Linear Interpolators


Linear interpolators can be very useful for interpolating one discrete representation of a field onto another set of basis functions to produce another representation. However, this must be done with care because different discrete representations are not completely interchangeable.

As an example consider a scalar field projected onto either piece-wise linear ($H_1$) or piece-wise constant ($L_2$) basis functions. Interpolating from an $H_1$ representation to an $L_2$ representation should produce a reasonable result because the constant value needed in each element can be computed as a weighted sum of the $H_1$ basis functions in that element. On the other hand, if we try to interpolate from the $L_2$ representation to an $H_1$ representation we don't have enough information to determine reasonable values for the degrees of freedom which are shared between neighboring elements because linear interpolators can only access one element at a time. To accurately compute an $H_1$ representation from an $L_2$ representation requires the type of weighted average of values from neighboring elements that bilinear forms provide but this requires a linear solve and often suitable boundary conditions.

The operators produced by the BilinearForm classes involve integrations and therefore they sum the various contributions from neighboring elements to compute a full integral. The DiscreteLinearOperator classes are not performing integrals but rather interpolations and as such they do not combine contributions from different elements in any way. Consequently if the LinearInterpolators produce different results for entities that are shared between neighboring elements then the resulting representation will depend on the order in which the elements are processed. Such operators are not good candidates for DiscreteLinearOperators. The sections below will offer some guidance on the appropriate use of these operators.

In the tables below the Space column refers to finite element spaces which implement the following methods:

Space Operator Derivative Operator
H1 CalcShape CalcDShape
ND CalcVShape CalcCurlShape
RT CalcVShape CalcDivShape
L2 CalcShape None

The Coef. column refers to the types of coefficients that are available. A boldface coefficient type is required whereas most coefficients are optional.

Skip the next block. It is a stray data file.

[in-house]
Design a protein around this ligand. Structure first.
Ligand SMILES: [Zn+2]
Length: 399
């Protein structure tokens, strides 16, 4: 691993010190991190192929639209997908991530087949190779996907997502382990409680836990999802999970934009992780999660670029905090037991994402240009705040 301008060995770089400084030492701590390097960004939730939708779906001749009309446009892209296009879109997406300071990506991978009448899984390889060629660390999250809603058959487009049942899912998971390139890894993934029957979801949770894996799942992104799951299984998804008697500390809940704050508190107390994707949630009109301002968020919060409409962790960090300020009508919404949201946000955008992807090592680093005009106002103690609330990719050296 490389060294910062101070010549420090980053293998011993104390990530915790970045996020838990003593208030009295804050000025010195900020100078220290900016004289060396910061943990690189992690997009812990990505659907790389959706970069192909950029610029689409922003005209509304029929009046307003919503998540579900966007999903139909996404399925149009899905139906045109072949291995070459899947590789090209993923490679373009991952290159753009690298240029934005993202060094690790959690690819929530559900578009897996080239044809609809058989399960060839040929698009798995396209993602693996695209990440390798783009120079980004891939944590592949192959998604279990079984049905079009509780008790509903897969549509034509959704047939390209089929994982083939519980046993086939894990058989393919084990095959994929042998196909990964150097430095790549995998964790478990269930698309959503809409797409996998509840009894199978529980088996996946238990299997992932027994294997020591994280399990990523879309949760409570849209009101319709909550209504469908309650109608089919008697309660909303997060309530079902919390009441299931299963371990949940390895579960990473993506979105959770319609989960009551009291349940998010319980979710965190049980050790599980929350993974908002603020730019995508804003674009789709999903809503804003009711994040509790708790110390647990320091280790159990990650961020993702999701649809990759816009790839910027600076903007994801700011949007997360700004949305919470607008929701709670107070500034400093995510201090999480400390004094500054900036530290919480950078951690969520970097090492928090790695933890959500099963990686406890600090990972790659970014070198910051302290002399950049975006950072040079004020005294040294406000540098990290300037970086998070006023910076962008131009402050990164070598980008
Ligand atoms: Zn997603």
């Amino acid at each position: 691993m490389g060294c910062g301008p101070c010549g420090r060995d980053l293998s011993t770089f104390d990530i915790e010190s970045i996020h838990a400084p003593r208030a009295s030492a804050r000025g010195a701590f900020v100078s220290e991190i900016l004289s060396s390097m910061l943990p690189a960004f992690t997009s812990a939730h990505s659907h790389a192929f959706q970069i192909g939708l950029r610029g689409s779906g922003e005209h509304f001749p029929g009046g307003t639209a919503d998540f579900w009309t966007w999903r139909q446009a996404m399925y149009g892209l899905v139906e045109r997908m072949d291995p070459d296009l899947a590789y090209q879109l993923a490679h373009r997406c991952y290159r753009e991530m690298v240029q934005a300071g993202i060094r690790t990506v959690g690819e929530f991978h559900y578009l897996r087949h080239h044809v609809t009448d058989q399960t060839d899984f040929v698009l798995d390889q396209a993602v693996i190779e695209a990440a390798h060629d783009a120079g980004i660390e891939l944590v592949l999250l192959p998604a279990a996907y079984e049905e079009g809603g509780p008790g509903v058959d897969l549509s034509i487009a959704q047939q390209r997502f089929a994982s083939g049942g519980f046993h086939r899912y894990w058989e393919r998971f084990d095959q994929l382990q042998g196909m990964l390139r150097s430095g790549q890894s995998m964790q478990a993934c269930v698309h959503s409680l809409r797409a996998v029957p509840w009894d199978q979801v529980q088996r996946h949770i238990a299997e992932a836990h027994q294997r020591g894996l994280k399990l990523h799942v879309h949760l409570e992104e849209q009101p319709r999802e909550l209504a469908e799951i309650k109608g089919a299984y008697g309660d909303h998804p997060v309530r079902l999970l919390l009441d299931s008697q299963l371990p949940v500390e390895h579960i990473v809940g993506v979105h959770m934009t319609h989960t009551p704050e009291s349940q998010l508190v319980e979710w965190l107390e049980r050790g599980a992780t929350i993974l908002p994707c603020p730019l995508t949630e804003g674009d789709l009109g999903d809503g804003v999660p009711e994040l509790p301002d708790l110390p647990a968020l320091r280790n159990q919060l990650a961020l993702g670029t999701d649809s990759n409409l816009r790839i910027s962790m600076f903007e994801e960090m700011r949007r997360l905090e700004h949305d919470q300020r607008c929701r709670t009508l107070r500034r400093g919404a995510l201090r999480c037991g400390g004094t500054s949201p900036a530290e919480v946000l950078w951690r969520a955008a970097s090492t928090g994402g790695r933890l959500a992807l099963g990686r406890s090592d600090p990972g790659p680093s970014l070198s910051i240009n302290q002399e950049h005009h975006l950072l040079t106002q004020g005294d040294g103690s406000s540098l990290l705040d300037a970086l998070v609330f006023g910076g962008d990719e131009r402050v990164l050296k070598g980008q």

Coef. Type
S Scalar Valued Function
V Vector Valued Function
D Diagonal Matrix Function
M General Matrix Function

Derivative Interpolators

The $H(Curl)$ and $H(Div)$ spaces are specifically designed to support these derivative operators by having the necessary inter-element continuity. Other possible derivative operators would not possess the correct continuity and must therefore be implemented in a weak sense.

Class Name Domain Range Operator
GradientInterpolator H1 ND $\grad u$
CurlInterpolator ND RT $\curl\vec{u}$
DivergenceInterpolator RT L2 $\div\vec{u}$

Product Interpolators

These operators require a bit more care than the previous set. In order for these operators to produce valid results the product of the coefficient with the domain space must be uniquely representable within the desired range space. Additionally, it may sometimes be desirable for the range space to have a higher order than the domain space if the coefficient is not constant. For example if the domain space and the coefficient are both linear it might be desirable, though not necessary, for the range space to be quadratic.

Class Name Domain Range Coef. Operator
ScalarProductInterpolator H1,L2 H1,L2 S $\lambda u$
ScalarVectorProductInterpolator ND,RT ND,RT S $\lambda\vec{u}$
VectorScalarProductInterpolator H1,L2 ND,RT V $\vec{\lambda}u$
VectorCrossProductInterpolator ND,RT ND,RT V $\vec{\lambda}\times\vec{u}$
VectorInnerProductInterpolator ND,RT H1,L2 V $\vec{\lambda}\cdot\vec{u}$

Special Purpose Interpolators

Class Name Domain Range Operator
IdentityInterpolator H1,L2 H1,L2 $u$
NormalInterpolator H1$^d$ RT_Trace $\hat{n}\cdot\vec{u}$